3 Advanced Approaches to Web Analytics Tagging

I bet you didn’t think there was more than one advanced approach to web analytics tagging, did you? Sadly, there are many approaches to tracking visitors to websites, some of which have been around since the advent of mainframe computing (which should have probably been retired back then too!).

But with great choice comes great opportunity to define advanced segments, workaround organizational immaturity, and gain the upper hand on cross-browser and cross-device compatibility issues.

The ‘Not So Great’ Approaches

  • Log files. Anything that measures behavior using a metric such as “hits” should be strictly reserved for baseball or hockey pools. And don’t be swayed by the potential attractiveness of developing an advanced log file parser internally, it often involves more time and resources than signing a contract with a vendor.
  • Counters. Remember back in the olden days when GeoCities was all the rage and the web was covered in animated GIFs? At that same time, people started to think about how they could count the number of times their pages were accessed, and many services started popping up that enabled casual web developers to proudly state their pages received three hits. Sad.
  • External conversion tags. Advertising platforms such as Google AdWords afford users the ability to tag single pages of high importance and ignore everything else. Not terrible by any stretch of the imagination, but not ideal either. Think twice about relying solely on any measurement system that may introduce an external conflict of interest.
  • Nothing at all. Not measuring web traffic isn’t an option.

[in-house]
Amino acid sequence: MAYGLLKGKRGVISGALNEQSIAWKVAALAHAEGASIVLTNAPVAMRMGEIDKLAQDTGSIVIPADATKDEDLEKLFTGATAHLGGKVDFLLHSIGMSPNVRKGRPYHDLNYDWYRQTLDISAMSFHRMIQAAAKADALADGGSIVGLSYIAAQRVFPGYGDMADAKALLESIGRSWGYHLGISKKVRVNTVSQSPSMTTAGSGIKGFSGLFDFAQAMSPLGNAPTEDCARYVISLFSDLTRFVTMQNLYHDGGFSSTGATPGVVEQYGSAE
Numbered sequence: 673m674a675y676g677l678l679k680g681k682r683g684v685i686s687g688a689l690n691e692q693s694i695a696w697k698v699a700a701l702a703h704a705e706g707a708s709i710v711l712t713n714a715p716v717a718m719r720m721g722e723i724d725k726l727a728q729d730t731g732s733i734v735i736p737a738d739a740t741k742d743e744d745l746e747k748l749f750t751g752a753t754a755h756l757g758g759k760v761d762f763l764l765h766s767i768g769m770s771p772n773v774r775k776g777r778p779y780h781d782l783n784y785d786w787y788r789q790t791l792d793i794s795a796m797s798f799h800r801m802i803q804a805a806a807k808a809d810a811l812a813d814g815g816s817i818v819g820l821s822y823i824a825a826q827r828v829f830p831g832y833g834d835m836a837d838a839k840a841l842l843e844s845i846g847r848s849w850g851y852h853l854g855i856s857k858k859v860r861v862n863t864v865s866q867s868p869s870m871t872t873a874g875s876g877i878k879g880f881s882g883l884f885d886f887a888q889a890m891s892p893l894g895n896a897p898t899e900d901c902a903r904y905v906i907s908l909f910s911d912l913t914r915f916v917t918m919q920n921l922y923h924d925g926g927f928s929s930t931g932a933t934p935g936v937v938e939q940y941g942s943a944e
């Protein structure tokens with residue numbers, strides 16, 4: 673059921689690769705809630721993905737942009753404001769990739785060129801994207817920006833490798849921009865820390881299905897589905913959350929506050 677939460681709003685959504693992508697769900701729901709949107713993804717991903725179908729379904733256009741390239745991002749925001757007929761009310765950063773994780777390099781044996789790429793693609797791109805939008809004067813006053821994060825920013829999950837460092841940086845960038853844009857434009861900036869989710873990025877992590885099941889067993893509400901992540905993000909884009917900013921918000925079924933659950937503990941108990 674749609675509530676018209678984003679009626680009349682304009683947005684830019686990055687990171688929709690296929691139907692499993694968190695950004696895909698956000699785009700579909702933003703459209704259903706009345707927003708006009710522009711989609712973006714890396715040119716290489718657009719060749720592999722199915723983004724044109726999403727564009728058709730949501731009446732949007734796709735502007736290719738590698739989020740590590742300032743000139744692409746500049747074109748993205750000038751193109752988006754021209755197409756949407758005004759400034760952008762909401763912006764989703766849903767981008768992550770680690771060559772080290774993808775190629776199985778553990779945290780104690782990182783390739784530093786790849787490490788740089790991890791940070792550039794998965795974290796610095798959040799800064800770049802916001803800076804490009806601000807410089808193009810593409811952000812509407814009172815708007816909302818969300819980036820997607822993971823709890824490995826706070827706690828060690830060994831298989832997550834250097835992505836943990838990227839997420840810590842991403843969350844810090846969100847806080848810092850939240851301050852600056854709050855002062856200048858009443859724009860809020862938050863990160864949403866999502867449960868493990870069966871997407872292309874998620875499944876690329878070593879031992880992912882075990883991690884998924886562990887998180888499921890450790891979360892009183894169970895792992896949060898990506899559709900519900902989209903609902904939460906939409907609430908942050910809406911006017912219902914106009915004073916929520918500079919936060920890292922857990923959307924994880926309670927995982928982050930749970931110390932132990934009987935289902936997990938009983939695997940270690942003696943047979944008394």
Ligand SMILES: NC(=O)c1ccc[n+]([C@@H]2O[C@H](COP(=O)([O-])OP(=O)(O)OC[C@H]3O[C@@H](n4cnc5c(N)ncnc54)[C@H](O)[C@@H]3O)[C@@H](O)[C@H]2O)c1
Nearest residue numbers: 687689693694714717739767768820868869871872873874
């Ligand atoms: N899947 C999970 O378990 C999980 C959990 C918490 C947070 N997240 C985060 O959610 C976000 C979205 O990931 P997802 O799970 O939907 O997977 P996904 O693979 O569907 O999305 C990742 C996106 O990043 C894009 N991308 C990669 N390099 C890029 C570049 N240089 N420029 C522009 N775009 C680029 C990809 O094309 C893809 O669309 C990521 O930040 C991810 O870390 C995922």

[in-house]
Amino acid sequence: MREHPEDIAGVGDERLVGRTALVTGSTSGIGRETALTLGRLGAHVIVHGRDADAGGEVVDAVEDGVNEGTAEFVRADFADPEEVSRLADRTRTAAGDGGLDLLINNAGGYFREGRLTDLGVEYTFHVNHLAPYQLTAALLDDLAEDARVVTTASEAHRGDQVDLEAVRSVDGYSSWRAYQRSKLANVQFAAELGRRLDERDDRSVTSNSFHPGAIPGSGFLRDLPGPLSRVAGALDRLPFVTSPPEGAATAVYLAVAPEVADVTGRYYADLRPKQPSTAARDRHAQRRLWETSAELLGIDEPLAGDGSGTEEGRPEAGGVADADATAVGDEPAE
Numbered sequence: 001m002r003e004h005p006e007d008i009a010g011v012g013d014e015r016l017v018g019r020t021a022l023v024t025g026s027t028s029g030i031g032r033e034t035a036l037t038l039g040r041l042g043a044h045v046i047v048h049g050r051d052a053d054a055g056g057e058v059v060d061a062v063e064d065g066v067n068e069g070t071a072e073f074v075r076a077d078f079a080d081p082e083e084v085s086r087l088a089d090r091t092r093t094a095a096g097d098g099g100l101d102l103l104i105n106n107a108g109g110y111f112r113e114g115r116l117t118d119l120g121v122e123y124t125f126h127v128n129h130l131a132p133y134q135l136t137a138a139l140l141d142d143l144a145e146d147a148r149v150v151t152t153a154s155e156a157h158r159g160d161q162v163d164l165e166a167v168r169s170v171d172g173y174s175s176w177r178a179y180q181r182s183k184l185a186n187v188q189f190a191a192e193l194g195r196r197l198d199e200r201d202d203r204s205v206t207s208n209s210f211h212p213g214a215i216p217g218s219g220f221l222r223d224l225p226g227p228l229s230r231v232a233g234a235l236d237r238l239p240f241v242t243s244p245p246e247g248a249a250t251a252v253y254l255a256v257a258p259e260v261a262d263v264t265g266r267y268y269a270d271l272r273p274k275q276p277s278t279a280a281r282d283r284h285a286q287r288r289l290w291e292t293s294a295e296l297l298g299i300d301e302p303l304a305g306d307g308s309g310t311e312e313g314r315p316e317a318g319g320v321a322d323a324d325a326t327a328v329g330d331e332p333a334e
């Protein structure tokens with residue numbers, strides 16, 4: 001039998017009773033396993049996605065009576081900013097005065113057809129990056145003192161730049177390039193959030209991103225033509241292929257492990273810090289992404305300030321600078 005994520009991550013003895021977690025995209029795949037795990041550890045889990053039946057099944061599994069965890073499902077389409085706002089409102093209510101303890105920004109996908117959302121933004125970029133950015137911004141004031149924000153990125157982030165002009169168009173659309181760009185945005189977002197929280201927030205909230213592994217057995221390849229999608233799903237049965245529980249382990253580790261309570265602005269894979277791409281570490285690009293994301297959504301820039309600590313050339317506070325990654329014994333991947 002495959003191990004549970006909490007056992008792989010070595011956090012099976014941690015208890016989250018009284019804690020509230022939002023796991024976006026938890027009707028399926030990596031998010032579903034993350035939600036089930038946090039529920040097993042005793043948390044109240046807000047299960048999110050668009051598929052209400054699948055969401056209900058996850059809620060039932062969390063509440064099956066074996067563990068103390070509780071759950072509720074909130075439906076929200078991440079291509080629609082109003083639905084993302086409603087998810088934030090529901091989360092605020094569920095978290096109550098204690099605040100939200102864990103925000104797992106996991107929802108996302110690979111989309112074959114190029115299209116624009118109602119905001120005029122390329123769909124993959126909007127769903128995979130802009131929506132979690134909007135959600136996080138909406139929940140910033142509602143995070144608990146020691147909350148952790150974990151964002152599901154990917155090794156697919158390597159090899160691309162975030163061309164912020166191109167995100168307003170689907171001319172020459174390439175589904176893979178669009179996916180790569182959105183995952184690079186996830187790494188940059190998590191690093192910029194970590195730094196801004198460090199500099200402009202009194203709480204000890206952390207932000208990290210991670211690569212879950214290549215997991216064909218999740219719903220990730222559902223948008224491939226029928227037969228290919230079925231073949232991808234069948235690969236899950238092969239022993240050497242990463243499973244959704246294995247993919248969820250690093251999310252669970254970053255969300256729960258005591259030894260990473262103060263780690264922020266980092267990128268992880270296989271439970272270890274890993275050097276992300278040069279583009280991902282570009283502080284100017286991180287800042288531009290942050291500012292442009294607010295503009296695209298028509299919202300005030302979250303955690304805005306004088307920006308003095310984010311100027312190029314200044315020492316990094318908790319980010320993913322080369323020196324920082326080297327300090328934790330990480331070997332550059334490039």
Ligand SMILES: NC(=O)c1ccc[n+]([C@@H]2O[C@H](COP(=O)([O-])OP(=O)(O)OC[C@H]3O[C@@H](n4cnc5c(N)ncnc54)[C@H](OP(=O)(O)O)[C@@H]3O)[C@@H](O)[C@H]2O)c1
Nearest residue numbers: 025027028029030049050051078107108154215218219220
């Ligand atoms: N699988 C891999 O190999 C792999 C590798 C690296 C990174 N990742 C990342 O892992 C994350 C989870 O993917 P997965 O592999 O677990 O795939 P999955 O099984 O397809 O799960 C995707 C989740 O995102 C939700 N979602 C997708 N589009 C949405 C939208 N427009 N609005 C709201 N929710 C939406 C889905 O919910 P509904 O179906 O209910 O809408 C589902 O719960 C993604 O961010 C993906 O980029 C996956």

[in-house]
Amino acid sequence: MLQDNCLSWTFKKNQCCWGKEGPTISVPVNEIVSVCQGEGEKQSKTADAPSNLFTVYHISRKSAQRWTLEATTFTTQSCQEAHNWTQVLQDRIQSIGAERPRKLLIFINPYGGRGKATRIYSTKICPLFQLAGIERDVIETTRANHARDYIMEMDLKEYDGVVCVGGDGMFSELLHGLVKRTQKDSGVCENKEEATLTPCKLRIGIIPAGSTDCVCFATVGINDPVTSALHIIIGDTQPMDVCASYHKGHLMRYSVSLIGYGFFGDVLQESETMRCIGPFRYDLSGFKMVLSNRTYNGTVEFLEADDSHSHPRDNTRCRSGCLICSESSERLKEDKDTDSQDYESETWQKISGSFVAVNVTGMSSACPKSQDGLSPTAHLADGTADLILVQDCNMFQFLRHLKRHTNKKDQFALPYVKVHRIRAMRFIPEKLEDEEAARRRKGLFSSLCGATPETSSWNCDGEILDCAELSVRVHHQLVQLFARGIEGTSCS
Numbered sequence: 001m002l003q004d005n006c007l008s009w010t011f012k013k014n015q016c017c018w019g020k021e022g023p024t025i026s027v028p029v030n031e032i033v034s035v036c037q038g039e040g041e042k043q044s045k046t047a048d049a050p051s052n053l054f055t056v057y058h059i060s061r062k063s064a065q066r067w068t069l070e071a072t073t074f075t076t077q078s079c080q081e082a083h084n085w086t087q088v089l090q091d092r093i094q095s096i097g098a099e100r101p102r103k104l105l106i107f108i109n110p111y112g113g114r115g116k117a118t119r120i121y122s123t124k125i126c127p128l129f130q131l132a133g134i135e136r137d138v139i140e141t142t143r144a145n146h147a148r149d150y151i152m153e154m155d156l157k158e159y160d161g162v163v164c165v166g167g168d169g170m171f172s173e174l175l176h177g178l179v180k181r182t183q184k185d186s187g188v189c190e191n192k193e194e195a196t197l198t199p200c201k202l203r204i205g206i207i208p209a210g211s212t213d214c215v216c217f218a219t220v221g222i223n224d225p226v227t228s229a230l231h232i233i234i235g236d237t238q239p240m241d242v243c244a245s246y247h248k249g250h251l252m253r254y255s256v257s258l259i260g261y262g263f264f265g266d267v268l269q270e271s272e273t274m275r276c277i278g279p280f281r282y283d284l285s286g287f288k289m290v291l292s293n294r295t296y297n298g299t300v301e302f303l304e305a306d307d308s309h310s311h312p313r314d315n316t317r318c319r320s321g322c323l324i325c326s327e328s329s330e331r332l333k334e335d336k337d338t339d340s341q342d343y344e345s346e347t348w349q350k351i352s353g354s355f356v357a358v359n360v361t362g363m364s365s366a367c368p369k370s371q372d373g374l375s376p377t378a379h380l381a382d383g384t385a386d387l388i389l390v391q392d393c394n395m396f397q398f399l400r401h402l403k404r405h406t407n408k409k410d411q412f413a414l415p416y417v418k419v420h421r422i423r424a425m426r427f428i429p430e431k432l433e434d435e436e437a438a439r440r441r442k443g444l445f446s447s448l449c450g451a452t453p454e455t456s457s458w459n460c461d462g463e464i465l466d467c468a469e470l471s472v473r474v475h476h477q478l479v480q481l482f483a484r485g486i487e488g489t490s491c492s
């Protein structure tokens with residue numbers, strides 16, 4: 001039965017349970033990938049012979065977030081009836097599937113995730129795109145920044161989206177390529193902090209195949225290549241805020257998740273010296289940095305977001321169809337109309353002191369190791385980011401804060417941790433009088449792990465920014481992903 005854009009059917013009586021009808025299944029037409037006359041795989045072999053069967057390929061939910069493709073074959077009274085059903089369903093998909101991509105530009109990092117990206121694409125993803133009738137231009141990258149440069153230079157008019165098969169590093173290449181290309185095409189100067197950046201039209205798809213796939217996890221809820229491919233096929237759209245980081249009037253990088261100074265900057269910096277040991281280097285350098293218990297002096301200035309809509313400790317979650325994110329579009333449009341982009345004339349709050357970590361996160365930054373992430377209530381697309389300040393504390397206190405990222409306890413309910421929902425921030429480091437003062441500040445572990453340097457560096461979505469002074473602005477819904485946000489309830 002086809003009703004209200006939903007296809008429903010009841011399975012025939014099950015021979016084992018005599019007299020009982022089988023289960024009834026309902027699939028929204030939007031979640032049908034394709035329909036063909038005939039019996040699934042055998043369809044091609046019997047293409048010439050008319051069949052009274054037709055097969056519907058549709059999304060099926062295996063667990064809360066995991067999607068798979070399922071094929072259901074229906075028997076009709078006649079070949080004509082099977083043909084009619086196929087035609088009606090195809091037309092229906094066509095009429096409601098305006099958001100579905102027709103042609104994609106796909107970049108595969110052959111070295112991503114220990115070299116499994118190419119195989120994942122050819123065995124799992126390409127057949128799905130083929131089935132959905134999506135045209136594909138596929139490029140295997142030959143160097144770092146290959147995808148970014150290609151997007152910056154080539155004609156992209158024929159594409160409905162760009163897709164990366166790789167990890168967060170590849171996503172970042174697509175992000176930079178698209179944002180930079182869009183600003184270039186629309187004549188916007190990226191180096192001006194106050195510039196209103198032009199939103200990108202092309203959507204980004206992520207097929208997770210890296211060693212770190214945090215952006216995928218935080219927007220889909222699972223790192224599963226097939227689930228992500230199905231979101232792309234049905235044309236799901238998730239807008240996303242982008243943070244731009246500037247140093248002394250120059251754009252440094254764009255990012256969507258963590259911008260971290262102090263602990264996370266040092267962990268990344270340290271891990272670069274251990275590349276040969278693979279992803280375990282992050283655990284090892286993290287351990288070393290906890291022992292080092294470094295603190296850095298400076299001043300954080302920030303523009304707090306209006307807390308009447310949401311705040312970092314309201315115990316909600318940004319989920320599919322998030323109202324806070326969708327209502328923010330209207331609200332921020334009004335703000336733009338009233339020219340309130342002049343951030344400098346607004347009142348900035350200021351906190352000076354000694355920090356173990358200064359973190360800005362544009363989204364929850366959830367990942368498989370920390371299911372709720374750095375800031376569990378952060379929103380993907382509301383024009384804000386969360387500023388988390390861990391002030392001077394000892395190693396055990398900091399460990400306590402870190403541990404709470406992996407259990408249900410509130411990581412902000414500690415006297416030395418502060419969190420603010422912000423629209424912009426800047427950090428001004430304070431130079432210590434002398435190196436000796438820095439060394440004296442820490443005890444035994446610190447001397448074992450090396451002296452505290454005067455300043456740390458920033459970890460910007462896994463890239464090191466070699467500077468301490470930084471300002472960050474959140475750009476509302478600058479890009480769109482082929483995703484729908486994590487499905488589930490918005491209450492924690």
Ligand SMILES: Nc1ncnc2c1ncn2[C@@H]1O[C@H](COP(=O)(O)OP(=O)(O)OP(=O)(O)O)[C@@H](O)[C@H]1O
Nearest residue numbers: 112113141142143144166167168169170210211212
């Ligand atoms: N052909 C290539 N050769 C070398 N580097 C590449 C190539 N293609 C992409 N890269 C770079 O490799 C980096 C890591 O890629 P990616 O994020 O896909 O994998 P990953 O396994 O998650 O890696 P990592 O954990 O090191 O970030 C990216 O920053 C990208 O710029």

Status Quo

  • JavaScript “tagging.” I hate the word “tagging” but it’s become synonymous with web analytics, and tagging via JavaScript is king. There are several advantages to JavaScript tagging, including endless customization, the ability to make asynchronous calls, relatively low barriers to implementation, and easy debugging.

3 Advanced Approaches

  • Tag management solutions. These are often highly customizable systems that rely on a single line of JavaScript and offload much of the development work to a third party website. If your web development teams just don’t understand the need to continually customize and improve JavaScript variables on a routine basis, or you have long development cycles, consider tag management solutions such as TagMan, Tealium, or Ensighten.
  • Hard-coded image GET requests. If you have serious performance requirements, troublesome cross-browser and device compatibility issues, consider formulating and concatenating image parameters yourself, especially if scope is limited to just a handful of important pages. It’s not as hard as you think, and may save you a ton of custom development and testing time.
  • Server-side API injection. Sounds boring, right? It’s actually very sexy technology that lets you offload the work of communicating behavioral information from the client’s browser to your own webserver. It’s not that easy to implement, but if you have security or privacy concerns, compatibility issues or want to try something new, API injection might be right for you.

Notice anything missing, or prefer those log files that count hits? Let me know by leaving a comment below.

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